Fear, uncertainty and doubt around Bitcoin
History shows it is not possible to insulate yourself from the consequences of others holding money that is harder than yours — Saifedean Ammous.
There are some fallacies that spread FUD around Bitcoin.
The 3 most repeated ones nowadays are discussed below:
1) Energy FUD: "Bitcoin consumes a lot of non-renewable energy for something useless"
Bitcoin requires so much computing activity that it eats up more energy than entire countries. One of the easiest and least disruptive things we can do to fight the climate crisis is to crack down on environmentally wasteful cryptocurrencies. — Elizabeth Warren (U.S. Senator) on June 2021.
Bitcoin uses electricity to secure the network through a computing process referred as mining.
Electricity is generally obtained from other forms of energy that can be either renewable or non-renewable.
Bitcoin increases the renewable energy profitability, so it incentivizes its adoption.
Renewable energies like wind or solar are intermittent and tend to have load congestion at peak times.
Besides, they are difficulty distributed if they are in isolated places non-connected to a large electrical grid infrastructure.
Bitcoin miners are unique energy buyers in that they offer highly flexible interruptible load while being able to locate anywhere, so they have the ability to use excess energy that would otherwise have been wasted.
The easy accessibility that Bitcoin mining offers causes that, in the long run, only surplus energy will be used.
It is true that when price of bitcoin increases drastically, many energy sources become profitable for that purpose, but profitability decreases over time as competition increases.
Bitcoin is a superior form of money that enables financial inclusivity and freedom.
Electricity is the only known way to digitize real world value without a central trusted party — Willy Woo.
Bitcoin technology uses electricity to avoid consuming human resources.
When we can secure a financial network by computer science rather than by accountants, regulators, investigators, police, and lawyers, we go from a system that is manual, local, and of inconsistent security to one that is automated, global, and much more secure. — Nick Szabo.
The use of energy to satisfy necessities and save human time is progress.
Gold historically has also been the subject of fallacious arguments that do not take benefits into account:
If one looks at the catastrophic consequences of the great paper money inflations, one must admit that the expensiveness of gold production is the minor evil. — Ludwig Von Mises.
Gold mining is a waste, but that waste is far less than the utility of having gold available as a money. I think the case will be the same for Bitcoin. Not having Bitcoin would be the net waste. — Satoshi Nakamoto.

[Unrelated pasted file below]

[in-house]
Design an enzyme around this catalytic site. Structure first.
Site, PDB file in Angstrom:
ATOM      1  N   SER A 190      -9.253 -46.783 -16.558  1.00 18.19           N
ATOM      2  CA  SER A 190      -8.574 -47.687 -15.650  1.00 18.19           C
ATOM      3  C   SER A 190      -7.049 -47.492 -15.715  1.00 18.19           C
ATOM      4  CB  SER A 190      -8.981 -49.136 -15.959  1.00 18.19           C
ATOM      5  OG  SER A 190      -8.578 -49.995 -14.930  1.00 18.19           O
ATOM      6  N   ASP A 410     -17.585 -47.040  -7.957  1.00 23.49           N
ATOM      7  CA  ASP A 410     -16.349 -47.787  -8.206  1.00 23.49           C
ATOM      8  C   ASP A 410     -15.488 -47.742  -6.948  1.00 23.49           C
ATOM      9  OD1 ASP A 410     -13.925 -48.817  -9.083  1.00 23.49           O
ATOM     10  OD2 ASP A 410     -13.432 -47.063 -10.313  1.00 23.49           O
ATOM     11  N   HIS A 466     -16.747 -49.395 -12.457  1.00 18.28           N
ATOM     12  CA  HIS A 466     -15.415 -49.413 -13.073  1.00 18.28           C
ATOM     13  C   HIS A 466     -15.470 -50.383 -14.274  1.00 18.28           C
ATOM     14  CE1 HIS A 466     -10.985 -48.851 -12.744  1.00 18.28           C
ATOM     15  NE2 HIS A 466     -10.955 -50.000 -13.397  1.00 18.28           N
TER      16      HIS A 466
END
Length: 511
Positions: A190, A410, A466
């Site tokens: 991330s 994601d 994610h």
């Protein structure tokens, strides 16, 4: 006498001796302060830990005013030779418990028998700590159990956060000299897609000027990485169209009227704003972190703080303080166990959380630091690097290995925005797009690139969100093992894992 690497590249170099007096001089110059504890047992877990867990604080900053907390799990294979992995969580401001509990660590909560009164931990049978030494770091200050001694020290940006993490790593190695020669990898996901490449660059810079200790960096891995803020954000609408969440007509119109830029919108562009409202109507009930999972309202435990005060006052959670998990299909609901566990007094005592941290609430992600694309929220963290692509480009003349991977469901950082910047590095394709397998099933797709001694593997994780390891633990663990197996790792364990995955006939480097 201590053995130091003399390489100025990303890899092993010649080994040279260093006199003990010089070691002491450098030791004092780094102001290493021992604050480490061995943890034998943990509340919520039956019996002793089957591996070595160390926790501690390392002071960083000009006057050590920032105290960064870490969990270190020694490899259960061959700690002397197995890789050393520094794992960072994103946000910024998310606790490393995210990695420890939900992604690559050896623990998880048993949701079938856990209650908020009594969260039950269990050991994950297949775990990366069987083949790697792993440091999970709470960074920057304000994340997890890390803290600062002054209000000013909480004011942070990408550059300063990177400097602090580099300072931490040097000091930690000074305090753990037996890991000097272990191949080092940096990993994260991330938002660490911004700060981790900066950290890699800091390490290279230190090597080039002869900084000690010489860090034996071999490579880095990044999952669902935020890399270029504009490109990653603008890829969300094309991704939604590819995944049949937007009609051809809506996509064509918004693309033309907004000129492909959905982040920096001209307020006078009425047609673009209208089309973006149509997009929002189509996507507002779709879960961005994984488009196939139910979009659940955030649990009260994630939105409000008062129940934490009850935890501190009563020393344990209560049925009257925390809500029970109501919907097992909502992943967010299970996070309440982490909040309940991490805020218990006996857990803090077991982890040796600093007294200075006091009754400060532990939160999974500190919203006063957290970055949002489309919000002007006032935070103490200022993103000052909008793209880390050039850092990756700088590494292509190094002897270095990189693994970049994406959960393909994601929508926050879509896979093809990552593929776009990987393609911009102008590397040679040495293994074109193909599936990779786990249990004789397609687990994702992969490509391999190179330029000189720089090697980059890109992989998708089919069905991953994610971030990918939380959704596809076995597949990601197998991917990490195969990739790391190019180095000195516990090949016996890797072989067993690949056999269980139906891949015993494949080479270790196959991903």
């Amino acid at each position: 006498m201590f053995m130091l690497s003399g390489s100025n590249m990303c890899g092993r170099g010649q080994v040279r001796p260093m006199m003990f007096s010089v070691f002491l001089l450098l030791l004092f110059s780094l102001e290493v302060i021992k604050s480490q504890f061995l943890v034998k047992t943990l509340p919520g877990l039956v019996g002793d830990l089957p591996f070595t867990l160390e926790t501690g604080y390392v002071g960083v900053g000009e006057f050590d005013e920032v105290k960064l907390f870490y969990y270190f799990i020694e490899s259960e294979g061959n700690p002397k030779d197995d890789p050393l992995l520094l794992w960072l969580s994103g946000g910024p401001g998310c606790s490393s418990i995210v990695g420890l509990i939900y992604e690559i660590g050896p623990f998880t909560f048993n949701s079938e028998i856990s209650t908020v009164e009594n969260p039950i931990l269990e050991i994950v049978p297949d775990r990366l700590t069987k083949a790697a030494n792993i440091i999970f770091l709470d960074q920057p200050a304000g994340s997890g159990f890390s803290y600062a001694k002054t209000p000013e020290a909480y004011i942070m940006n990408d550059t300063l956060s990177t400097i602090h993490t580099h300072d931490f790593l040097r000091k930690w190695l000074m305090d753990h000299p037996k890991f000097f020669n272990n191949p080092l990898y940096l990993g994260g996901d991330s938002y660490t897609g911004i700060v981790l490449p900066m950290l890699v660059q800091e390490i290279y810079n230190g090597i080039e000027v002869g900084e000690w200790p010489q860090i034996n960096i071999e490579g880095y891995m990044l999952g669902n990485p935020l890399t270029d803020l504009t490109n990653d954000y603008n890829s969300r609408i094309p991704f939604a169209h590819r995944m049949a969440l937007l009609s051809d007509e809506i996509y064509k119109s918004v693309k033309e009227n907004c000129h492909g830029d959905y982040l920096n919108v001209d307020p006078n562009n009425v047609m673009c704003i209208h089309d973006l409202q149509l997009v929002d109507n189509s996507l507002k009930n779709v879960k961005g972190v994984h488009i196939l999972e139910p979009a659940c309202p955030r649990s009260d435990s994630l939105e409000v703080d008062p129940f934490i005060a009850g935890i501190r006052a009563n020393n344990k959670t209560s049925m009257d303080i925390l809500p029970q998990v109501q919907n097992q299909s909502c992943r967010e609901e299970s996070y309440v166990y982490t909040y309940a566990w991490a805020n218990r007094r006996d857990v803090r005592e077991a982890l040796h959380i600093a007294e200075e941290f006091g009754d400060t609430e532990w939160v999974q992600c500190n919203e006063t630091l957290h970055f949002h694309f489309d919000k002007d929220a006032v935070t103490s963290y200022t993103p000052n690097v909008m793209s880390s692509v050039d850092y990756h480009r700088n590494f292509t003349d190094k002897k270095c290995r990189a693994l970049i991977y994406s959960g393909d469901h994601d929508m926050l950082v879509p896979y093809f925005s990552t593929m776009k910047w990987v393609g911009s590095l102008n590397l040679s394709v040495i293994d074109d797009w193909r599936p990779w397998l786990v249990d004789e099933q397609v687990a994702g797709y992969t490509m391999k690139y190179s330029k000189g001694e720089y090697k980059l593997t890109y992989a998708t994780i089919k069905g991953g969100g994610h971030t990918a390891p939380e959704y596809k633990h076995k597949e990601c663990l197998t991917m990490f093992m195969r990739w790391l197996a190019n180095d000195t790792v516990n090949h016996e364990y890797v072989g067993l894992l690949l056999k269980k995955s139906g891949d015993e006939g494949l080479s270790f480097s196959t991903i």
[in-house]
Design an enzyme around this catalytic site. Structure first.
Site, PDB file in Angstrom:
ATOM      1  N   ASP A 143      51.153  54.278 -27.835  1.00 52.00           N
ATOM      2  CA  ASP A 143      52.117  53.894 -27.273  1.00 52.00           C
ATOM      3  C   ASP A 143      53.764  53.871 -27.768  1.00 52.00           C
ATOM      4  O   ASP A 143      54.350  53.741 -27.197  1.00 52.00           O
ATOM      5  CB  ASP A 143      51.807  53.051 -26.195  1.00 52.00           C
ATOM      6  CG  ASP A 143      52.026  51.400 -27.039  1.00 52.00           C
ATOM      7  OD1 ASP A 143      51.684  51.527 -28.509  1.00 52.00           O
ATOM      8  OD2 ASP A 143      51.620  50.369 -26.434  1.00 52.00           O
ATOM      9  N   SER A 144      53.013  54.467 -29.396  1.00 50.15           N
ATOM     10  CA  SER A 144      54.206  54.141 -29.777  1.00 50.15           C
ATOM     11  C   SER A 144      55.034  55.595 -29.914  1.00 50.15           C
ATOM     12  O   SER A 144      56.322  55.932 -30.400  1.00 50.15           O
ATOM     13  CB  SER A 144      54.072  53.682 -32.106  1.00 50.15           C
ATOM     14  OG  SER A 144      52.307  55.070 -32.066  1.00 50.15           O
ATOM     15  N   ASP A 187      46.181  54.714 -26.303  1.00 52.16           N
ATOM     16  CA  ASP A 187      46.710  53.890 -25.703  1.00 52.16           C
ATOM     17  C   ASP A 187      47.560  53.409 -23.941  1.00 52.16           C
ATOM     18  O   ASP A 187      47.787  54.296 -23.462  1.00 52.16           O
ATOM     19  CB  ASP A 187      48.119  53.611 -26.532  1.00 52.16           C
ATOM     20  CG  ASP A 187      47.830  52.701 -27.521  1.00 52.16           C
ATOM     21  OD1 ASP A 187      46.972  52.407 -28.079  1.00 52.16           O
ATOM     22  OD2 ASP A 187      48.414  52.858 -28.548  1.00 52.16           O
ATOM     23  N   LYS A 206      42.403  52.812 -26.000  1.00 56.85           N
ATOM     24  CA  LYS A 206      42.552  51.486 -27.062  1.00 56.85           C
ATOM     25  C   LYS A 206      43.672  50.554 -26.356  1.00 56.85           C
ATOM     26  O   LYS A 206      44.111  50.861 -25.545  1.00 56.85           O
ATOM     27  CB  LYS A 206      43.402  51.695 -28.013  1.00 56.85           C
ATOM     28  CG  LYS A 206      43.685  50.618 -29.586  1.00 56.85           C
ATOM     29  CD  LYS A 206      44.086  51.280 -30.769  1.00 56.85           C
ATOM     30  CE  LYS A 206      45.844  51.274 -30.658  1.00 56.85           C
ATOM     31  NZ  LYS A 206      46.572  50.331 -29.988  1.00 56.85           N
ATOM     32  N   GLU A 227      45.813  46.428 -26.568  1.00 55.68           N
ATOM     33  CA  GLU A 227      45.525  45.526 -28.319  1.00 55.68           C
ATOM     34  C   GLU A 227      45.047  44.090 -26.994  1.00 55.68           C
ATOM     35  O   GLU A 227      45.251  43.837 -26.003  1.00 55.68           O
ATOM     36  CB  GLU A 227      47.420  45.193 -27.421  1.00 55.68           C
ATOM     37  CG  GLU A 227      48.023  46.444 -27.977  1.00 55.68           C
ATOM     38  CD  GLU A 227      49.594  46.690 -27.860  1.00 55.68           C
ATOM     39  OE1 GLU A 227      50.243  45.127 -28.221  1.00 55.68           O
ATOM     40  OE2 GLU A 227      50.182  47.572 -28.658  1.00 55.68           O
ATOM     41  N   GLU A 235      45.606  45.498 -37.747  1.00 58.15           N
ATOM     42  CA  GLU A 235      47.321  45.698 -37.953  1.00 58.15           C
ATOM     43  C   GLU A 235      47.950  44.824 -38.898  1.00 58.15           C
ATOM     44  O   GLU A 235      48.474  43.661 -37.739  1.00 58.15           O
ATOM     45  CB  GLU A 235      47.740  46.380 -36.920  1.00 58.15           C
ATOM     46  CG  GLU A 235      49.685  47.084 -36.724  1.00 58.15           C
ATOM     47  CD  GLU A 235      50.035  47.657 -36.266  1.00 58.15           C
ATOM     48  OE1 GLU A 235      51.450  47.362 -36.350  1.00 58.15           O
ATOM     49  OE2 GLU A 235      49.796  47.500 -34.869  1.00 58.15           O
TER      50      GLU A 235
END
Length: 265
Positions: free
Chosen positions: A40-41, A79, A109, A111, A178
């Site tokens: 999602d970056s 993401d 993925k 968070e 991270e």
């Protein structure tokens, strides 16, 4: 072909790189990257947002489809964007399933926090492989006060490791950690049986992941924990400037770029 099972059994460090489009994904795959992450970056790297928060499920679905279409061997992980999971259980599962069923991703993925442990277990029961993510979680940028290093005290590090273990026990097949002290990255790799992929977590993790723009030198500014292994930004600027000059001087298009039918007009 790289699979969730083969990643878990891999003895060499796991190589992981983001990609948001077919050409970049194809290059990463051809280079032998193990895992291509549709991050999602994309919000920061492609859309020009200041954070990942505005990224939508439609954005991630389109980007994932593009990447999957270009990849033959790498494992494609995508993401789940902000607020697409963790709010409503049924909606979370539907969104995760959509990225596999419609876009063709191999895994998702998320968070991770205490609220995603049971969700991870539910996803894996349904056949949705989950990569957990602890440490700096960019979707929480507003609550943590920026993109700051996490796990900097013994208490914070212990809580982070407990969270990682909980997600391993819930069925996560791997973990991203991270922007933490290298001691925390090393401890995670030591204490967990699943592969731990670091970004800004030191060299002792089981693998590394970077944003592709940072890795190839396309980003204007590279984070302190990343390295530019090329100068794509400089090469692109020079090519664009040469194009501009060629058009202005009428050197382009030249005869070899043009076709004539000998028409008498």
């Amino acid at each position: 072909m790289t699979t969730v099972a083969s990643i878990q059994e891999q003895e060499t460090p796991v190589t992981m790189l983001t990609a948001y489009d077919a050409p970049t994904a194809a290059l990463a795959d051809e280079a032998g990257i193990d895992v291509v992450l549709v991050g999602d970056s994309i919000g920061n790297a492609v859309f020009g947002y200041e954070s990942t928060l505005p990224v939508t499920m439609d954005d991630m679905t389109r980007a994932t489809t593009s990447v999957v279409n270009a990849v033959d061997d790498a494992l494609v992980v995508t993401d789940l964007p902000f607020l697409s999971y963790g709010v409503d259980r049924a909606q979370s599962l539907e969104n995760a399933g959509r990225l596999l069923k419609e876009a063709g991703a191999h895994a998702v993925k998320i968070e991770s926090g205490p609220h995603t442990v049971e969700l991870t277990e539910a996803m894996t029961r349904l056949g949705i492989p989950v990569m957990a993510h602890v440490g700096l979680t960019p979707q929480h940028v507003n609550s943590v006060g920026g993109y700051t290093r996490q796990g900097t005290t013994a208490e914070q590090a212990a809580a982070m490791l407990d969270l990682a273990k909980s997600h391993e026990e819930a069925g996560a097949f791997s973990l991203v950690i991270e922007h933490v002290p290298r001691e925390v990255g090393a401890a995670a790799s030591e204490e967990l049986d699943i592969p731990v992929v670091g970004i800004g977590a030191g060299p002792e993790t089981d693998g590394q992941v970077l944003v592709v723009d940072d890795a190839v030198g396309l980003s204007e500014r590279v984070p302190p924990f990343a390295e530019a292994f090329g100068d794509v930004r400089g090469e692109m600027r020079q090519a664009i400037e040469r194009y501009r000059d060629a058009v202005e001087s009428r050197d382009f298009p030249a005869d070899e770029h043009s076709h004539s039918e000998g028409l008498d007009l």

2) Ban FUD: "Most governments don’t like it, so they will shut it down or will ban it"
If several states did not want to ban Bitcoin, Bitcoin would not be interesting.
Bitcoin isn’t going to embrace the subjective requirements of any person, organization, or government.
A ban on Bitcoin can not be implemented in a practical way.
There has to be regulation. This has to be applied and agreed upon... at a global level because if there is an escape that escape will be used. — Christine Lagarde (European Central Bank president) referring to Bitcoin in January 2021.
Bitcoin is indeed an escape to the lifeboat of financial hope.
Future is not bright for those that oppose innovation.
3) Quantum computing FUD: "Quantum Computing will break Bitcoin"
Quantum Computing is nowhere near capable of breaking Elliptic Curve cryptography, and unclear if it ever will. When that time comes, Bitcoin will softfork to add post-Quantum signatures schemes, and eventually remove Elliptic Curve based outputs when we become too worried about their breaking. — Pieter Wuille.
"With Quantum Computing somebody will be able to access to all coins that are lost"
There is a theoretical and highly hypothetical solution that would consist of invalidating Elliptic Curve-based spending methods (invalidating coins), except when the spending includes a post-Quantum zero-knowledge proof that the key was derived from a known BIP32 seed. Such approach would likely keep most coins movable, while removing the risk for theft by Quantum Computing.
The obvious path to solving this is:
1.Research post-Quantum cryptography.
2. When that is done, propose an improvement to Bitcoin that enables post-Quantum Computing outputs.
3. People start moving their coins over time to these post-Quantum Computing outputs.
4. Decades later, when the threat for a sufficiently powerful Quantum Computing becomes real, disable spending from old Elliptic Curve-based outputs. — Pieter Wuille.